Staunton, August 17 – Most Western commentators focus on the absence of genuine democracy in the so-called “hybrid” regimes but fail to notice that such regimes are also characterized by a lack of genuine dictatorship, according to Yekaterina Shulman, a Moscow legal affairs commentator.
“It is easy to see that the democratic façade [of such states] is made from papier-mache,” she writes on Kasparov.ru, “but it is more difficult to understand that the Stalin moustache is also simply attached” rather than reflecting a reality, a reflection of the increasing horror Europeans feel about human victims (kasparov.ru/material.php?id=53EDA74872D4D).
Because of confusion on this point, Schulman argues, “there is nothing more important in contemporary political science than the study of hybrid regimes,” a category that includes those described as “illiberal democracies, imitation democracies, electoral authoritarianism, and non-tyrannical autocracy.”
Only by recognizing the true nature of such hybrid regimes, she insists, can one avoid falling into the trap so common in recent decades of assuming that anything bad will get worse, especially since “not level of civilization” apparently has the capacity to prevent that from happening.
Schulman makes six other points besides the one cited above. First, she says, hybrid regimes represent “authoritarianism at a new historic stage.” That is, they are authoritarian because they seek to promote passivity in their populations rather than to mobilize them as do totalitarian states.
Second, most but not all of them are exporters of natural resources rather than industrial powers. Consequently, for the elite to enrich its members and remain in power requires that the population go along with things rather than that that population be mobilized to achieve new goals.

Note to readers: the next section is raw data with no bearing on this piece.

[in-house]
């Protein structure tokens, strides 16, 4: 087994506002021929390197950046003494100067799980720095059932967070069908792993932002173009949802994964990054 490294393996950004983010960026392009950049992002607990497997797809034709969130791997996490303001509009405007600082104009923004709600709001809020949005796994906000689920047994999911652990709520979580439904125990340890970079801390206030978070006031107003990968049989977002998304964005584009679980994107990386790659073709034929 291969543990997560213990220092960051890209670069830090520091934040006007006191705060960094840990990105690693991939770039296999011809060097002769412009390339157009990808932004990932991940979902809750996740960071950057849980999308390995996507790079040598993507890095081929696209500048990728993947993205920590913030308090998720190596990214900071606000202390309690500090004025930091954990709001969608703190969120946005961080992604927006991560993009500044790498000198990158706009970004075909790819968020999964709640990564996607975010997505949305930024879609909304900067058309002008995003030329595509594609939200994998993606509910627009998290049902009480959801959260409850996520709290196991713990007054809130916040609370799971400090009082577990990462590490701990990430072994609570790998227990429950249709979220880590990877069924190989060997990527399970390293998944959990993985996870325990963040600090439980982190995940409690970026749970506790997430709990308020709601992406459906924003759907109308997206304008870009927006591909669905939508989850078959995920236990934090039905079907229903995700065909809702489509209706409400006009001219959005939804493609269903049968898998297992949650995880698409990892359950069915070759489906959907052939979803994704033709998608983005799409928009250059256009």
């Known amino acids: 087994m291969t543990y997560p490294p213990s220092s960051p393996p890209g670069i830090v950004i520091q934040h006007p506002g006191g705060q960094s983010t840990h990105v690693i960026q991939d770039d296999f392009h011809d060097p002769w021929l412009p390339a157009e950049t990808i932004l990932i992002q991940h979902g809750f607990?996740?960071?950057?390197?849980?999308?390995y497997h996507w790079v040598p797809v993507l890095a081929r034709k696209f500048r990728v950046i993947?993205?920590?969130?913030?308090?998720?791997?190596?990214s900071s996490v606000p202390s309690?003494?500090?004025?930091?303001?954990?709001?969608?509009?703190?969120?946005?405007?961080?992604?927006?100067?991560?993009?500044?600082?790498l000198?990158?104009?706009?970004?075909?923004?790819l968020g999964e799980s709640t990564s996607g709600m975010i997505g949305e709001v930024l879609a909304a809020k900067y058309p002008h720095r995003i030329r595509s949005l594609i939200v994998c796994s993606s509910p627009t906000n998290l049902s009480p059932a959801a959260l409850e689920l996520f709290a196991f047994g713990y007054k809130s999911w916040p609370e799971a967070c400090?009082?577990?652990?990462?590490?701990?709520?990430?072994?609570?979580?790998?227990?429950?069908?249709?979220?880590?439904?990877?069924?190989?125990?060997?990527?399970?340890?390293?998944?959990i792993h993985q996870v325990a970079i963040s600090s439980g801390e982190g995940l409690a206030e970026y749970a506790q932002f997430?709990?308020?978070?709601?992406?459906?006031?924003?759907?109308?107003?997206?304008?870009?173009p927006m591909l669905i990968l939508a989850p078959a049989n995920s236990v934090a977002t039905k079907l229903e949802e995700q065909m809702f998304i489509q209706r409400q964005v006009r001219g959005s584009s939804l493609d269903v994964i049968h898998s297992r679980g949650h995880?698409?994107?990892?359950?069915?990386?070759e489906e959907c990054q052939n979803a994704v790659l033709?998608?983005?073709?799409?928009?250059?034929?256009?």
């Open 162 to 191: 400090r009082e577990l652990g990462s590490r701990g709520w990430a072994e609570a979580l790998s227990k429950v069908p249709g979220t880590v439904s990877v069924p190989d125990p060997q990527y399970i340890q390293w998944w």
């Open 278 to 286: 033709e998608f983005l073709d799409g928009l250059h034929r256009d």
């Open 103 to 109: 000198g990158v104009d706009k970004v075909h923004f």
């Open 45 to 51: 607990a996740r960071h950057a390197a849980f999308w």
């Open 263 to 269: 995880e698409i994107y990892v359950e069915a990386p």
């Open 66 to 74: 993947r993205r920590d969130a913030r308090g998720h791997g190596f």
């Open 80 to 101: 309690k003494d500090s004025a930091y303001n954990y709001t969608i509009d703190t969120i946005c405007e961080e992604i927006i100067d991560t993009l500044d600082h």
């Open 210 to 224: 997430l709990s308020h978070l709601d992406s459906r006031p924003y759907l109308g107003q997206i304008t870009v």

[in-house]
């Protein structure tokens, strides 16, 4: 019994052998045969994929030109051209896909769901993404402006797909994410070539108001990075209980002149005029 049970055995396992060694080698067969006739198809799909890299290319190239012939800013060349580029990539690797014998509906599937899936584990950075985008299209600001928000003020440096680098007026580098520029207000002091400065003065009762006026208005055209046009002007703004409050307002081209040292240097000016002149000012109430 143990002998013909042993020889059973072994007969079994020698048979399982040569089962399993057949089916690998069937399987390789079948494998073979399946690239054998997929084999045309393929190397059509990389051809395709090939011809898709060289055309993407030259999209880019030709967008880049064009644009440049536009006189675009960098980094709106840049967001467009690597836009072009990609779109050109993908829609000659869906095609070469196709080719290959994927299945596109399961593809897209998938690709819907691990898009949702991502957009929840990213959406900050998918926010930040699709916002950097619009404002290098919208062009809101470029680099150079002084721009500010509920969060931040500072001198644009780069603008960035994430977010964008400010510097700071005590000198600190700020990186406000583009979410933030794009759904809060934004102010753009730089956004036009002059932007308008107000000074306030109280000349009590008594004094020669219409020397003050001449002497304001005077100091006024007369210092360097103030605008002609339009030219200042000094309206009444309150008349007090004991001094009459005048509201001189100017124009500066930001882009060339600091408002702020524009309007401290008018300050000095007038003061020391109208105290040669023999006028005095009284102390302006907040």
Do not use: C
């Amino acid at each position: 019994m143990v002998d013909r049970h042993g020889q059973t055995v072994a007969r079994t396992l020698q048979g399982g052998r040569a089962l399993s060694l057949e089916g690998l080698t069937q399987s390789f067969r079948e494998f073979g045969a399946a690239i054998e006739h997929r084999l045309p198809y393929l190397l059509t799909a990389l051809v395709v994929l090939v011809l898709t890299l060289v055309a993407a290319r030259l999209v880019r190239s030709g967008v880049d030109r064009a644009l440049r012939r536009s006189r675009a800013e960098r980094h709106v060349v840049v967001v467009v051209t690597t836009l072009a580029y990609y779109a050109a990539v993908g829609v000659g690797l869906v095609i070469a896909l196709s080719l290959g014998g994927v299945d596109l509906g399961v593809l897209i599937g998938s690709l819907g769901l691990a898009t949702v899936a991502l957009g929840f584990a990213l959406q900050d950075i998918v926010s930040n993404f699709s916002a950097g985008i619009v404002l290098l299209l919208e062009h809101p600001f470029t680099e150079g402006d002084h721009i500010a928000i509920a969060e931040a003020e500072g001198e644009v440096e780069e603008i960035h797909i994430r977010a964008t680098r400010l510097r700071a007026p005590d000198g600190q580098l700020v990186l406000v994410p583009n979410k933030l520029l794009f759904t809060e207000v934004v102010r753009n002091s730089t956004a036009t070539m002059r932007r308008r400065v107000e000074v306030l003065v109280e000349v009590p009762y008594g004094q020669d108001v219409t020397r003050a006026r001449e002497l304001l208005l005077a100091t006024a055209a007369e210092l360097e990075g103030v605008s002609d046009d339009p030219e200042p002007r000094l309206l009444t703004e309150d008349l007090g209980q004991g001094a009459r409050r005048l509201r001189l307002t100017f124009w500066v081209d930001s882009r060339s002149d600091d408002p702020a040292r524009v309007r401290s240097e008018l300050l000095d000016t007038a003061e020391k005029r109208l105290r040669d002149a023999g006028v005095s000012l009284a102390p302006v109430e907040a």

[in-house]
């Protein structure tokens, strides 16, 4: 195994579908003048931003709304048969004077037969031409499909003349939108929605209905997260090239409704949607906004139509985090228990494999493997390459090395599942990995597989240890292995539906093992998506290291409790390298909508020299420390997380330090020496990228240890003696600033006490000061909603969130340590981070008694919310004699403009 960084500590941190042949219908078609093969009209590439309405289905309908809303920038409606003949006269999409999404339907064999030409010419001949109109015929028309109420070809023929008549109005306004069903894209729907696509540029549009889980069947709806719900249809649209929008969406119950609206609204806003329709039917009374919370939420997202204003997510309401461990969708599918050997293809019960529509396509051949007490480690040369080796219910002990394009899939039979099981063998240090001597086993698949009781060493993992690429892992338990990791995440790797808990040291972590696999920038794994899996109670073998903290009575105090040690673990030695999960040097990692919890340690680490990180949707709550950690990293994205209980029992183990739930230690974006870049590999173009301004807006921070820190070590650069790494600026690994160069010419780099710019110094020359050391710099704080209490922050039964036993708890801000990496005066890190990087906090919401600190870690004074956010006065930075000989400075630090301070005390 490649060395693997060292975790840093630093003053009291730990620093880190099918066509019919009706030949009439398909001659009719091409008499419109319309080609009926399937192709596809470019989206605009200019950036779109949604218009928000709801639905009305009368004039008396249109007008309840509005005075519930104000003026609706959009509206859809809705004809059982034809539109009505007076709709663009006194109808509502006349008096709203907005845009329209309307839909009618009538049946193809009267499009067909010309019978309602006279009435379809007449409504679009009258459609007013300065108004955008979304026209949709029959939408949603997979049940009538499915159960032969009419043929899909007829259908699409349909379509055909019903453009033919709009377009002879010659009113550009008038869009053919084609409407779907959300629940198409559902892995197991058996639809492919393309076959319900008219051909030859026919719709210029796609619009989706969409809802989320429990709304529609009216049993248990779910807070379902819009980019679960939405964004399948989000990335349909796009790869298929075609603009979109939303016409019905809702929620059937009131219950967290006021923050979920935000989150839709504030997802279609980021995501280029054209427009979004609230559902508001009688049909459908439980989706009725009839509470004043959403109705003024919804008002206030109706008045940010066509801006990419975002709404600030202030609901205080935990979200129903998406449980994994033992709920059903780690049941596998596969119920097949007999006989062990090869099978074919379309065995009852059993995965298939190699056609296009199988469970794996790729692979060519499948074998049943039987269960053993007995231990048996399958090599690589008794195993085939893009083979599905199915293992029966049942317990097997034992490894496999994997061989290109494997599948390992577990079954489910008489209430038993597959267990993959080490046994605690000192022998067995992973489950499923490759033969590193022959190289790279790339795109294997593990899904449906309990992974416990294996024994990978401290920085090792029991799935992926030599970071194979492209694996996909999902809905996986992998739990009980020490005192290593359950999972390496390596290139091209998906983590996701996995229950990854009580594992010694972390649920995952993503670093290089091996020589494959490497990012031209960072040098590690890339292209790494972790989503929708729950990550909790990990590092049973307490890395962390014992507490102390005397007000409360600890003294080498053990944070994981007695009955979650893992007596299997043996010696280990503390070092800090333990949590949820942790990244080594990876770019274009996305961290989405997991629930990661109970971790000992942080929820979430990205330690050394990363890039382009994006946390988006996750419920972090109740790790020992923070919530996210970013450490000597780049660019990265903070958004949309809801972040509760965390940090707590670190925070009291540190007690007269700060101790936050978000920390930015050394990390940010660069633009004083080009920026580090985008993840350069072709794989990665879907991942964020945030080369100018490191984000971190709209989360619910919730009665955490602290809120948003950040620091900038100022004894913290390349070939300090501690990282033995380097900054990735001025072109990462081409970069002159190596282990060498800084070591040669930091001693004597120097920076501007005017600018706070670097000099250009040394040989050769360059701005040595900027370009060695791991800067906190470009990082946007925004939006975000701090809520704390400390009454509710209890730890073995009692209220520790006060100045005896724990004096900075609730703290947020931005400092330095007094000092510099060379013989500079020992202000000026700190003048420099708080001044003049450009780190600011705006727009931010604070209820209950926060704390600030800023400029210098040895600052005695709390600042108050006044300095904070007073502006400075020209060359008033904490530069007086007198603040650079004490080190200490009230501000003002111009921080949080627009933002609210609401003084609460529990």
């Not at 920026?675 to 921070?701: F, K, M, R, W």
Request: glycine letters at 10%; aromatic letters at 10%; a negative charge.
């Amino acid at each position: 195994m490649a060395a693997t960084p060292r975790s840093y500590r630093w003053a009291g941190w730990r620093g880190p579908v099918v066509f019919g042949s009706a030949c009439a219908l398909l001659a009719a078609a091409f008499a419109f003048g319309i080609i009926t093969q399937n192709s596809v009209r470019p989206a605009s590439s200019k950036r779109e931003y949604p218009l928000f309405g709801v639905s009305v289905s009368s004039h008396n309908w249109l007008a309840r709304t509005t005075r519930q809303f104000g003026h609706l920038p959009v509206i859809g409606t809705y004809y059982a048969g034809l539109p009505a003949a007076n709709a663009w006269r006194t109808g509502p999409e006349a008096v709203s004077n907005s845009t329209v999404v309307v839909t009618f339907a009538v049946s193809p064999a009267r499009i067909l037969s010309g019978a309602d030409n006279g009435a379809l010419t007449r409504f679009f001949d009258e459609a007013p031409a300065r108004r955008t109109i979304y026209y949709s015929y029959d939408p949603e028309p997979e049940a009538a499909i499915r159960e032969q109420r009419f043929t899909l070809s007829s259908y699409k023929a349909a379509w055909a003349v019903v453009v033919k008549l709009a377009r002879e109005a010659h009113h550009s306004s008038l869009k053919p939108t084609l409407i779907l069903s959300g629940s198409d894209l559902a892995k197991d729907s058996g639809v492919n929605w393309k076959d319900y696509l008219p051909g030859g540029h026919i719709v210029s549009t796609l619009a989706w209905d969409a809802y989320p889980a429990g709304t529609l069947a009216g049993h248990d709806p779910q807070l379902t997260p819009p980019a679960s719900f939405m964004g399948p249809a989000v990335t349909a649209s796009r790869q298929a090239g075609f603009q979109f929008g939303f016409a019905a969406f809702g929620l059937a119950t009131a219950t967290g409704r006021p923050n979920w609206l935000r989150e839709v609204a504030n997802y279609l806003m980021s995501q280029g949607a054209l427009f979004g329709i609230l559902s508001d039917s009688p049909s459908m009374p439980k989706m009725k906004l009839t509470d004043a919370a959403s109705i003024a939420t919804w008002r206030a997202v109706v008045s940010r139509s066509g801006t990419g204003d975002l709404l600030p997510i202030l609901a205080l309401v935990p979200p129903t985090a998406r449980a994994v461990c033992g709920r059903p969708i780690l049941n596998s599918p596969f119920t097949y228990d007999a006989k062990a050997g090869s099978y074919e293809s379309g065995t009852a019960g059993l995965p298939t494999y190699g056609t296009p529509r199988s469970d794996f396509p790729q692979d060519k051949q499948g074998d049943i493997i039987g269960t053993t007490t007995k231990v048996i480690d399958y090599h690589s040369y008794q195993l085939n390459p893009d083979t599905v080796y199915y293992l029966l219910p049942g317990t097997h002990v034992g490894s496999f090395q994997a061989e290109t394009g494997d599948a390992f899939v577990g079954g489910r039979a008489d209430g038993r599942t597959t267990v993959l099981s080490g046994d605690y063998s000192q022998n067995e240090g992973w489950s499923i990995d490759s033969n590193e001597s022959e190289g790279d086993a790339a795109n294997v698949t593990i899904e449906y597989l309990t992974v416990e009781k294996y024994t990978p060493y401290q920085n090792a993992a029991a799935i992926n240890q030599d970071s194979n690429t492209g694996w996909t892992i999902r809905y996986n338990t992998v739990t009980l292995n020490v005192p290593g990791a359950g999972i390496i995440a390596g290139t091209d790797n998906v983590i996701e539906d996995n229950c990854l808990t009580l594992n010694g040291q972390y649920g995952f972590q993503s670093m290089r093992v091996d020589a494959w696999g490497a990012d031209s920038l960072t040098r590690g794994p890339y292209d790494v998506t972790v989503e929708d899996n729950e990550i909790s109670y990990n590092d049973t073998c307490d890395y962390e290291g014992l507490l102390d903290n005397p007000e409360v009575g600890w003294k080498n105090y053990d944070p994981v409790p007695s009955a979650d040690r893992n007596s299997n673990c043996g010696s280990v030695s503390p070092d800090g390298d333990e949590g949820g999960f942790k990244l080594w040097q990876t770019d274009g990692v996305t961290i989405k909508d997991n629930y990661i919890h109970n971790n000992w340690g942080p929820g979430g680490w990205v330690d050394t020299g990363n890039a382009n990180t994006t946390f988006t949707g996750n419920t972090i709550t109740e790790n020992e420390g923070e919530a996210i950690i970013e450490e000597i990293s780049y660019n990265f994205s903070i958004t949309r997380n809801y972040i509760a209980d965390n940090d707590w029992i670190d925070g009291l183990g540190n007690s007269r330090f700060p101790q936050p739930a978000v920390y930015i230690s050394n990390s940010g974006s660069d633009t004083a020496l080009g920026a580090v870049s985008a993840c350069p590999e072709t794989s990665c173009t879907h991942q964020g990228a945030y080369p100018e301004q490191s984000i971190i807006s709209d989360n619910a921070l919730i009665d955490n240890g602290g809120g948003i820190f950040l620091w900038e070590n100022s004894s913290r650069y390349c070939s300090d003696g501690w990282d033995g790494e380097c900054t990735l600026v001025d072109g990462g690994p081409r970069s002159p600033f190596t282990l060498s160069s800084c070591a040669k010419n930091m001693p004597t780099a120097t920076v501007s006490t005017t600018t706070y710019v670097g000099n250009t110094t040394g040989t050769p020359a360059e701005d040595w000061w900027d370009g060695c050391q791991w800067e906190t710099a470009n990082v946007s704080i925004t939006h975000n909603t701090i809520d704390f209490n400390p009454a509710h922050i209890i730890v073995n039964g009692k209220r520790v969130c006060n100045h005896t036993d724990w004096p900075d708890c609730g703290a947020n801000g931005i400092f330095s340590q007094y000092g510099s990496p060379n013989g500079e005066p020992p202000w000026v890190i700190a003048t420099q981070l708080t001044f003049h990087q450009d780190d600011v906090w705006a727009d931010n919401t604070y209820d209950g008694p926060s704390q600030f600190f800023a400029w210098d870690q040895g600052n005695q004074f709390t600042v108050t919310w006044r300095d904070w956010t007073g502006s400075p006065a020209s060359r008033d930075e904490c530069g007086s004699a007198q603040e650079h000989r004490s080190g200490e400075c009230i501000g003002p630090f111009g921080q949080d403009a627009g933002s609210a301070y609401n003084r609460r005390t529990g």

Third, hybrid regimes seek to ensure the continuance in office of those who are there and to do so with “a relatively low level of force.” They lack “the moral capital of monarchies” and the “repressive apparatus of totalitarianism.” Their media can generate impressive levels of approval but do not seek to promote high levels of involvement.
To put it most bluntly, “propaganda with dizzying effectiveness forms the opinion of precisely those people whose opinion has no importance not because these are some sort of poor second-class people but because their opinion in no way correlates with their action. They can provide the powers with approval but not support.”
Fourth, the only people such hybrid regimes have to concern themselves with is the “active minority.” Those who back it and are necessary are incorporated into the power arrangements; those who oppose it are excluded and even encouraged to leave the country permanently.
Fifth, Schulman says, “hybrid regimes are quite stable and vital” because they rely on what are almost market economies and a partially free public milieu, and thus they are unlikely to collapse in the same ways that classical dictatorships do or to expand dramatically either. But none of this means they are as stable as they imagine.
Such regimes want stability and are prepared to take any steps to maintain it including things that look destabilizing. But precisely because they want stability and pursue it in this way, they make the kind of mistakes which can lead to their collapse precisely because they do not have real support, only approval, and thus are less maneuverable than many assume.
And sixth, “the very appearance of imitation democracy is not the result of the failures of non-imitation democracy but rather” opposition to the kinds of state violence people accepted a half century ago. If ‘hypocrisy’ is the tribune which vice pays to virtue, imitation is that which dictatorship pays to democracy,” Schulman says.
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